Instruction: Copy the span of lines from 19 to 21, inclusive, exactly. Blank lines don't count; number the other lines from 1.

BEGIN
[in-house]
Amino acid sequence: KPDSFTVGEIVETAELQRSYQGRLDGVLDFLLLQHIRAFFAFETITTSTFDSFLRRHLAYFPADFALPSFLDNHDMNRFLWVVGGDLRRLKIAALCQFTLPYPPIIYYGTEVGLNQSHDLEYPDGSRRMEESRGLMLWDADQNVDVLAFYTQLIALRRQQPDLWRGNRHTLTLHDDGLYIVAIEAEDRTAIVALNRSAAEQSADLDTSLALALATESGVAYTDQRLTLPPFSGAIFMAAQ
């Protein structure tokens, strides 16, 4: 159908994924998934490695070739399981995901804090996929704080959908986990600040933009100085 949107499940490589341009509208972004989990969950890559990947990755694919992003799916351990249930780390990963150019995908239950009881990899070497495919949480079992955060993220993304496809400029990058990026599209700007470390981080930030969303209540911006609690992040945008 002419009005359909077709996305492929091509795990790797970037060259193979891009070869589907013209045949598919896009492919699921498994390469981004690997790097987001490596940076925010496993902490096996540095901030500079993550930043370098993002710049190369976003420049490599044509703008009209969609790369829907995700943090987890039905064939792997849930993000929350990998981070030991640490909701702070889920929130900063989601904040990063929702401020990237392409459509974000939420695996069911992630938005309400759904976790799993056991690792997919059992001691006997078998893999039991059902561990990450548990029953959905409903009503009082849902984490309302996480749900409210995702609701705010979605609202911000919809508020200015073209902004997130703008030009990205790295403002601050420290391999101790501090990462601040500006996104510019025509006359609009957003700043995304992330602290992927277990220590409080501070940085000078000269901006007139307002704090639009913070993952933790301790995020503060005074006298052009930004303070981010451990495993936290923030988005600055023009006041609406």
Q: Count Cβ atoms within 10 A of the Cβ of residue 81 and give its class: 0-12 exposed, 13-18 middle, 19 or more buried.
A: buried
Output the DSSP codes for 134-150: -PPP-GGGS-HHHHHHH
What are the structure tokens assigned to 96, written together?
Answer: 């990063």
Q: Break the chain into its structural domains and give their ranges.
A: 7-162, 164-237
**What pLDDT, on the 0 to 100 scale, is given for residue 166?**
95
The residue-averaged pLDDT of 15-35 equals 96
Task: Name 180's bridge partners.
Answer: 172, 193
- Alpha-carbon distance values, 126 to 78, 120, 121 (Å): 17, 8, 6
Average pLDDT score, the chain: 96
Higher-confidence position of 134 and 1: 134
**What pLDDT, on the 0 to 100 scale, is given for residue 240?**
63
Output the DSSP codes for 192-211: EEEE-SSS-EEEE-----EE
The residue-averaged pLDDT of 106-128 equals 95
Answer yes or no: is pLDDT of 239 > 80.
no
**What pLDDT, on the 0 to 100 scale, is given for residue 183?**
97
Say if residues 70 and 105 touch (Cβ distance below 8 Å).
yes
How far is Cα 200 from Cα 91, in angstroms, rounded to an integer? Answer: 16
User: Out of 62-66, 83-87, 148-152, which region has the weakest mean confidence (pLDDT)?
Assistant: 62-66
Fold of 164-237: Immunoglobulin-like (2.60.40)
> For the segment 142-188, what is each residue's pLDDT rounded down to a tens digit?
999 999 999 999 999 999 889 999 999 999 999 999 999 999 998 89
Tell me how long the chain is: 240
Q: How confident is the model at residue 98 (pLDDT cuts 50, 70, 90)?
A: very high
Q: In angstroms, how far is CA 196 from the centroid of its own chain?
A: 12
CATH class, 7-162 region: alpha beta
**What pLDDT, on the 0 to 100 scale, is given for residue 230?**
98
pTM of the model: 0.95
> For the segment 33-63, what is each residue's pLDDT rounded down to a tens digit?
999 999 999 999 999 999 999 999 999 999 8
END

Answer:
**What pLDDT, on the 0 to 100 scale, is given for residue 240?**
63
Output the DSSP codes for 192-211: EEEE-SSS-EEEE-----EE